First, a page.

The Easter holidays have been an excellent opportunity for playing lots of board games. As part of the Orchard Toys blogger team, we periodically get sent free board games to test, in exchange for an honest review, so today I have a new game from them to share with you that we have been testing during the holidays.
Money Match Cafe is a game designed to encourage money handling skills, and as my 7 year old has been learning all about coins and money values at school in the past term, this came at the perfect time.
What’s in the box? The game includes quite a few pieces: 16 food cards, 32 money cards, one spinner, one till board, one tray board, and four 3D tables.
Setting up: Before starting the game, you slot together the 3D tables. We placed them in the middle of the kitchen table we were playing at, but to make the game a bit more active you could also space them around the room. Optionally, you are encouraged to use your toys as customers, so Oskar fetched some of his favourites to sit at the tables – it’s probably the only time you’ll see a Transformer, a My Little Pony, a T-Rex and Skeletor in a cafe together, lol.
The money cards are placed face down in between the players. There are two different sets – the green set is slightly easier, and shows two coin on each card. The red set is a little more difficult, with three to five coins per card. Choose which set you want to play with, and put the other back in the box. The spinner, till and tray boards are placed at the side, and each player is dealt four food cards, food side up. Now you are ready to go!
Game play: The game starts with a player turning over a money card. You then need to add up the coins and see if the total value matches the price on any of your food cards. If you think you have a match, you turn over your food card, which all have the value in coins on the back, and if the picture of the coins on your food card matches the picture on the money card, you get to deliver the food to one of the cafe customers.
You do this by placing the money card on the till board, the food card on the tray board, and spinning the spinner to see which number table you will be serving. Then you carefully carry the tray to the respective table and hand the food over. If you don’t have a match, then the money card goes back face down on the table. The winner of the game, is the first person to serve all their food.
Our verdict: To begin with, the instructions felt a little overwhelming, as there are quite a few steps to go through. But after playing it a couple of times we knew the routine off by heart and stopped referring back to the rules all the time. So if you find it a little confusing at first, my advice it to stick with it! It really isn’t as complicated as it first seems. I personally also initially felt that some of the steps could have been cut out, it all seemed a bit gimmicky with the toy customers, and delivering the food on a tray. Surely the game could have been simplified a lot. Well, I obviously know nothing about designing games, because it was the ‘gimmicky’ bits that Oskar enjoyed the most. From the very important step of choosing which toys would be lucky enough to sit at the cafe tables, to serving meatballs and cupcakes to a T-rex (hilarious!), to having to play the game again and again because his favourite toy hadn’t received any of the food as the spinner never landed on his table number. So in hindsight, I think all that held his attention for the game twice as long. Though it did at one point end up with a bit of a competition to see how many food cards T-Rex could fit in his mouth!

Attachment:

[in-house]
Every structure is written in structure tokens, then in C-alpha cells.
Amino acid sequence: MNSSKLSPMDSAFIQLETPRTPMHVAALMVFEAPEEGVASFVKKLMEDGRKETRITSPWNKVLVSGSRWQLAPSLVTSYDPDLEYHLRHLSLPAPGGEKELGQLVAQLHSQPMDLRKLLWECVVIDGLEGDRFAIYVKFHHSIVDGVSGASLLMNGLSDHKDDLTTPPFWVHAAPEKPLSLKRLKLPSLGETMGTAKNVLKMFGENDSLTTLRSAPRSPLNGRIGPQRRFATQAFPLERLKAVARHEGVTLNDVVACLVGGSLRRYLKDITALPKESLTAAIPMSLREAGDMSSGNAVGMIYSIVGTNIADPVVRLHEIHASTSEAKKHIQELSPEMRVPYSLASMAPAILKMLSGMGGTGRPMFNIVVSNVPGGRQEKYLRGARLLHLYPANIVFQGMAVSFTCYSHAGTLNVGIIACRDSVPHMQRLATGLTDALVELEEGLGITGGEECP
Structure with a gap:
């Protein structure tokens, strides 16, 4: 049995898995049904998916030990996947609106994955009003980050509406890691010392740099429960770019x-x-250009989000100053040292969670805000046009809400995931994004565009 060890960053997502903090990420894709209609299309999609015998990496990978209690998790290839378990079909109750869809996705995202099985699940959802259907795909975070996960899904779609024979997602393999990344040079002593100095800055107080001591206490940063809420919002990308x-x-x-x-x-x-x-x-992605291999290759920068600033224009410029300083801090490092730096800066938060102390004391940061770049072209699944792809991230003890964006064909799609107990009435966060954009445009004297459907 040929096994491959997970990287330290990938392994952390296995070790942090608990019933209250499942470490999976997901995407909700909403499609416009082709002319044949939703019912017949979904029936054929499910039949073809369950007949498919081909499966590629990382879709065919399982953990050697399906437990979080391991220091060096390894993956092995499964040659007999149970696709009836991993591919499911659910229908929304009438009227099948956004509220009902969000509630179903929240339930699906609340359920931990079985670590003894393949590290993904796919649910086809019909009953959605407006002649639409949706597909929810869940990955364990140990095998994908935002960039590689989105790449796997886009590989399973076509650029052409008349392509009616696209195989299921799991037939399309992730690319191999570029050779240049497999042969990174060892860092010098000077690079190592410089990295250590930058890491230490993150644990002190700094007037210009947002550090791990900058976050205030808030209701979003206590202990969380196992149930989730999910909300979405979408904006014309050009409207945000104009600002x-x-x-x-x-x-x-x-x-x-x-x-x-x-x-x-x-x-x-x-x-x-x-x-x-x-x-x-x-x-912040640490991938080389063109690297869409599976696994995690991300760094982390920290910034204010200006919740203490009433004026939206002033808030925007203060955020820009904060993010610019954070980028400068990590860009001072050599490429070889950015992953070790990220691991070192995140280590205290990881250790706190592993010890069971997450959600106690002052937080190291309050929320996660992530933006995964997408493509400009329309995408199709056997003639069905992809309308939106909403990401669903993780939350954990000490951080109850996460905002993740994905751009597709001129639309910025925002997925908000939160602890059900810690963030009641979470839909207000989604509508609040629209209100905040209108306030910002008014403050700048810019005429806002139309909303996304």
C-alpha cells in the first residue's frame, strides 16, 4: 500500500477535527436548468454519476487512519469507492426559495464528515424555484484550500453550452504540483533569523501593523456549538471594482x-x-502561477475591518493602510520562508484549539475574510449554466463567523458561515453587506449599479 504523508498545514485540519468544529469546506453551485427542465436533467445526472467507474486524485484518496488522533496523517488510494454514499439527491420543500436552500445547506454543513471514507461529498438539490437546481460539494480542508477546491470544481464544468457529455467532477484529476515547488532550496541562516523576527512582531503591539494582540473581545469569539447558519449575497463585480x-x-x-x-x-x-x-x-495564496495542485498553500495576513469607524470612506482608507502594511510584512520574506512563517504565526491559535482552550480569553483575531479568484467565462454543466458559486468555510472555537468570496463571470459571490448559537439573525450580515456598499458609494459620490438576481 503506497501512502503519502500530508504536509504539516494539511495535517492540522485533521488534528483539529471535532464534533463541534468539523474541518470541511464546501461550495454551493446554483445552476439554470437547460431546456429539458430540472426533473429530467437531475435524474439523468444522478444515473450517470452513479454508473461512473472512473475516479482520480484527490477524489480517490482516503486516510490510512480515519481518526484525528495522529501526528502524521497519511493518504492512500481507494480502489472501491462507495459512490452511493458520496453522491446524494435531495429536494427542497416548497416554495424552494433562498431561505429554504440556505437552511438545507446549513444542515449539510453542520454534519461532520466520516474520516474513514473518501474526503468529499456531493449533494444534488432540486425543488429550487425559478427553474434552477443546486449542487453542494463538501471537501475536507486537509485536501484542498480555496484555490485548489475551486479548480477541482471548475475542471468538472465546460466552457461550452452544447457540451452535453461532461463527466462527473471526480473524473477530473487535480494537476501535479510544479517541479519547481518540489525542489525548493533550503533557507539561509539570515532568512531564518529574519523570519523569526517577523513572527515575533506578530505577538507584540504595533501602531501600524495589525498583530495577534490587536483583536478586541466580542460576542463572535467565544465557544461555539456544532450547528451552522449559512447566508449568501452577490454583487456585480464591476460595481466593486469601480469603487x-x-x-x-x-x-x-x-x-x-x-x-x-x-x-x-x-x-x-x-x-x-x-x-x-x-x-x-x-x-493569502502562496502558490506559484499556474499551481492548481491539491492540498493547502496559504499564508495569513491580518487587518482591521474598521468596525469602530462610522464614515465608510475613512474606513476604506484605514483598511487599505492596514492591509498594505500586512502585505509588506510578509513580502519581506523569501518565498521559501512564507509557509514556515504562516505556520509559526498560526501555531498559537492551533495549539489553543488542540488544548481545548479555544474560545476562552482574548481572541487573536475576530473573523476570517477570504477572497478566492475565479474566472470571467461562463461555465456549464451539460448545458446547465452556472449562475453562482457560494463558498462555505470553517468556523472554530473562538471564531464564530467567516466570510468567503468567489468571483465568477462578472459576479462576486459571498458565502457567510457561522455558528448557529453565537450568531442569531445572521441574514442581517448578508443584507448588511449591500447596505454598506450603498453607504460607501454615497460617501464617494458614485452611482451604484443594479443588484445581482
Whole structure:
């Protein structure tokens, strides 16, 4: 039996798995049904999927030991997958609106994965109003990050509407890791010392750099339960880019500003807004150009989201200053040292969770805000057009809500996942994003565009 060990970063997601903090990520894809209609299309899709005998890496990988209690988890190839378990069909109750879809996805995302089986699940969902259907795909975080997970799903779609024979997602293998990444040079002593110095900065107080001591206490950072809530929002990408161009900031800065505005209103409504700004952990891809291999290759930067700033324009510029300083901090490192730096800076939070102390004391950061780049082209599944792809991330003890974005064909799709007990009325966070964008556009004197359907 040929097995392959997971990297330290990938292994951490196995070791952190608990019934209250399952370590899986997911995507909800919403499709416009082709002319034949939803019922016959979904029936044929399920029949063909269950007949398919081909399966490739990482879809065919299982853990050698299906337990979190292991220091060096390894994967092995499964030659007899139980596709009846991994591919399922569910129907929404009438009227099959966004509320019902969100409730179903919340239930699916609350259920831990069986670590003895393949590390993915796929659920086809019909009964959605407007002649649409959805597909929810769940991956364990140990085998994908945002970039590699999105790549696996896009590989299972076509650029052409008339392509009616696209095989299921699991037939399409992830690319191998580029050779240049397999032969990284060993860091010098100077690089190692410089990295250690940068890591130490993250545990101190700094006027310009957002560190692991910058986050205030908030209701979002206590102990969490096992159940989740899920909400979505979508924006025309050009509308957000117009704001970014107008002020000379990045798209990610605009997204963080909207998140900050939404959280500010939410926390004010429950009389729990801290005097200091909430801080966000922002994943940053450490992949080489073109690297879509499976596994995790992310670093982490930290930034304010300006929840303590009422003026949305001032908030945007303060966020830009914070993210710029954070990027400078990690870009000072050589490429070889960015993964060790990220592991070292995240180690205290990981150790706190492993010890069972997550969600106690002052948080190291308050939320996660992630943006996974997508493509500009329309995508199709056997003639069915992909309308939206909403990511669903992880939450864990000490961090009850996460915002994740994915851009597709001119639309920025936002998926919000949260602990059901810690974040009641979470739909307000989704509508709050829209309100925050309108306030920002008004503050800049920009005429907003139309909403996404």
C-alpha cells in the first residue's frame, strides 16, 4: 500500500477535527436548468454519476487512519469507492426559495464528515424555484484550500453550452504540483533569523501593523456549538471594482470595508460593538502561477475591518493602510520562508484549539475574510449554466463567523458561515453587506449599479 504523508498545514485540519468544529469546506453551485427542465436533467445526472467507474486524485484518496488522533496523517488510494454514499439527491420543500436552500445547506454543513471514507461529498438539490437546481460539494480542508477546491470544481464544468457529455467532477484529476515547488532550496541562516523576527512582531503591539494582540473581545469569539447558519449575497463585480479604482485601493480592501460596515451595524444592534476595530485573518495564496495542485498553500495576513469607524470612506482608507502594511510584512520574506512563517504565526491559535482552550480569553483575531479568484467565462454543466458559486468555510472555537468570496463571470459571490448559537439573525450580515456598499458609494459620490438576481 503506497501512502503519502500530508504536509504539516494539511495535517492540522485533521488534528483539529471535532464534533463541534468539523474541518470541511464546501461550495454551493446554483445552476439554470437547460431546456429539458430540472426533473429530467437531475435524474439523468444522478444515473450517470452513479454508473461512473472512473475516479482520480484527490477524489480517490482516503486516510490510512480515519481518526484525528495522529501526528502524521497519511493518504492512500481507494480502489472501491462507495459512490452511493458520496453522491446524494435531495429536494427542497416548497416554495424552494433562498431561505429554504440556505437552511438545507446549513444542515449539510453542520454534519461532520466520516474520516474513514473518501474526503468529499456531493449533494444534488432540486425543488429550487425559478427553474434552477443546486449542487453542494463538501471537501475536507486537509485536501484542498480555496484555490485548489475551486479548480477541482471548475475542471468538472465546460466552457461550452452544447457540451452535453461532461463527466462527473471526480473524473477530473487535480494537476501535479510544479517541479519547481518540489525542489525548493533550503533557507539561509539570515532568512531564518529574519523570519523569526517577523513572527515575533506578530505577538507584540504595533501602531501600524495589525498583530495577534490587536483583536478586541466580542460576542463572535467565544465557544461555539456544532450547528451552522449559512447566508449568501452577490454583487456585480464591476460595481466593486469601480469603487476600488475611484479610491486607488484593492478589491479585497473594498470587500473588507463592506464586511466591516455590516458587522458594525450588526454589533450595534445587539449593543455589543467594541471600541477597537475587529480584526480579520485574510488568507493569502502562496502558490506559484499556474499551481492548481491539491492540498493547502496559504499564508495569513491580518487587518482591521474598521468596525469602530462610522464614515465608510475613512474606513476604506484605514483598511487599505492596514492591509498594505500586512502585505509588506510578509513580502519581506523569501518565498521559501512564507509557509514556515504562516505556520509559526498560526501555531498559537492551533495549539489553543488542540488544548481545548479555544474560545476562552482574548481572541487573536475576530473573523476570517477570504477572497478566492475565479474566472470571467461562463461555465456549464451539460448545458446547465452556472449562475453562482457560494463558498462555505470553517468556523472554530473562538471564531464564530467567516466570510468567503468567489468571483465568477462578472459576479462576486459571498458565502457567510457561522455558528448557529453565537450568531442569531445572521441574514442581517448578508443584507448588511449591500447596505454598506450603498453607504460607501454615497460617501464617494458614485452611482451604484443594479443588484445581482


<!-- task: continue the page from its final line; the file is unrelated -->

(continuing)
As for the money matching part of the game, the more often we played the game, the quicker Oskar became both at adding up the values of the coins and at spotting a match, so I think the game does really help to train those skills. It also helps to develop memory skills, because if another player’s discarded money card matches one of your food cards, you need to remember which card it was since they all look the same once they are face down again on the table. And I love that you can start with the easy cards, and progress on to the more difficult ones, thus increasing the longevity of the game.
Overall, I think this is a really fun way of practising adding up the value of coins and getting a better grip on how money works, e.g. that the number of coins and value of coins are not the same. And as mentioned, Oskar really loved the added role play cafe aspect of it too. So this is yet another Orchard Toys games that gets a thumbs up from us! Money Match Cafe is available from the Orchard Toys website, and retails at £12.50
Disclosure: We were sent a free copy of Money Match Cafe by Orchard Toys, in exchange for an honest review. However, all images, words and opinions are our own!